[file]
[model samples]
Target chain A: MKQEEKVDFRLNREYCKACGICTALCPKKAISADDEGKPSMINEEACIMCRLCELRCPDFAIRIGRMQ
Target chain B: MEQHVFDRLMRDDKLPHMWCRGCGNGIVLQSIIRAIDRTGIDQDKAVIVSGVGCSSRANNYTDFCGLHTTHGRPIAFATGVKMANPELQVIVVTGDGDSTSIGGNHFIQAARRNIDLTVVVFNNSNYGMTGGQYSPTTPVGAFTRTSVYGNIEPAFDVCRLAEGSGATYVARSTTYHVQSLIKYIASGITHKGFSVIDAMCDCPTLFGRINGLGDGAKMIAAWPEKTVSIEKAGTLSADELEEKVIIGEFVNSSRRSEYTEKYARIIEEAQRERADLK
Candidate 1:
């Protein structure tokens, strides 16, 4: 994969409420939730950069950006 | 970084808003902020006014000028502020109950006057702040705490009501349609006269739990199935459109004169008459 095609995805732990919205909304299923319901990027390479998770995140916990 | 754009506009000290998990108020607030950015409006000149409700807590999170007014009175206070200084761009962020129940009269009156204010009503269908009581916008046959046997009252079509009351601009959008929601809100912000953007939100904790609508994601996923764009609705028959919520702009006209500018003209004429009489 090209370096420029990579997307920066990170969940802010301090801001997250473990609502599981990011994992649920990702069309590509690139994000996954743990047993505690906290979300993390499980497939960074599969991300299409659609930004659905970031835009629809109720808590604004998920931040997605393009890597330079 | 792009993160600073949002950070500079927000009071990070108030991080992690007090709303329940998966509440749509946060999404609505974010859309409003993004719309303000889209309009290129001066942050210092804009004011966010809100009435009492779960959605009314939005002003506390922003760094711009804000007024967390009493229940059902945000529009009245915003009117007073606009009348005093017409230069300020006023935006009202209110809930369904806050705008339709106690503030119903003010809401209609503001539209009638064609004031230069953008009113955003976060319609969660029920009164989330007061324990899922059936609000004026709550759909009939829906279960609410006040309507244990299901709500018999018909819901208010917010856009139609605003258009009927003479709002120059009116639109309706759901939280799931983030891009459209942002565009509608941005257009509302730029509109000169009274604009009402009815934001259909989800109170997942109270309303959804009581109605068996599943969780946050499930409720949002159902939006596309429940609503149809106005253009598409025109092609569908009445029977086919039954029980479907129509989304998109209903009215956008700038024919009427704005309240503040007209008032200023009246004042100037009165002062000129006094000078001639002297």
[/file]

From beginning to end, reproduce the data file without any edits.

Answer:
[model samples]
Target chain A: MKQEEKVDFRLNREYCKACGICTALCPKKAISADDEGKPSMINEEACIMCRLCELRCPDFAIRIGRMQ
Target chain B: MEQHVFDRLMRDDKLPHMWCRGCGNGIVLQSIIRAIDRTGIDQDKAVIVSGVGCSSRANNYTDFCGLHTTHGRPIAFATGVKMANPELQVIVVTGDGDSTSIGGNHFIQAARRNIDLTVVVFNNSNYGMTGGQYSPTTPVGAFTRTSVYGNIEPAFDVCRLAEGSGATYVARSTTYHVQSLIKYIASGITHKGFSVIDAMCDCPTLFGRINGLGDGAKMIAAWPEKTVSIEKAGTLSADELEEKVIIGEFVNSSRRSEYTEKYARIIEEAQRERADLK
Candidate 1:
């Protein structure tokens, strides 16, 4: 994969409420939730950069950006 | 970084808003902020006014000028502020109950006057702040705490009501349609006269739990199935459109004169008459 095609995805732990919205909304299923319901990027390479998770995140916990 | 754009506009000290998990108020607030950015409006000149409700807590999170007014009175206070200084761009962020129940009269009156204010009503269908009581916008046959046997009252079509009351601009959008929601809100912000953007939100904790609508994601996923764009609705028959919520702009006209500018003209004429009489 090209370096420029990579997307920066990170969940802010301090801001997250473990609502599981990011994992649920990702069309590509690139994000996954743990047993505690906290979300993390499980497939960074599969991300299409659609930004659905970031835009629809109720808590604004998920931040997605393009890597330079 | 792009993160600073949002950070500079927000009071990070108030991080992690007090709303329940998966509440749509946060999404609505974010859309409003993004719309303000889209309009290129001066942050210092804009004011966010809100009435009492779960959605009314939005002003506390922003760094711009804000007024967390009493229940059902945000529009009245915003009117007073606009009348005093017409230069300020006023935006009202209110809930369904806050705008339709106690503030119903003010809401209609503001539209009638064609004031230069953008009113955003976060319609969660029920009164989330007061324990899922059936609000004026709550759909009939829906279960609410006040309507244990299901709500018999018909819901208010917010856009139609605003258009009927003479709002120059009116639109309706759901939280799931983030891009459209942002565009509608941005257009509302730029509109000169009274604009009402009815934001259909989800109170997942109270309303959804009581109605068996599943969780946050499930409720949002159902939006596309429940609503149809106005253009598409025109092609569908009445029977086919039954029980479907129509989304998109209903009215956008700038024919009427704005309240503040007209008032200023009246004042100037009165002062000129006094000078001639002297």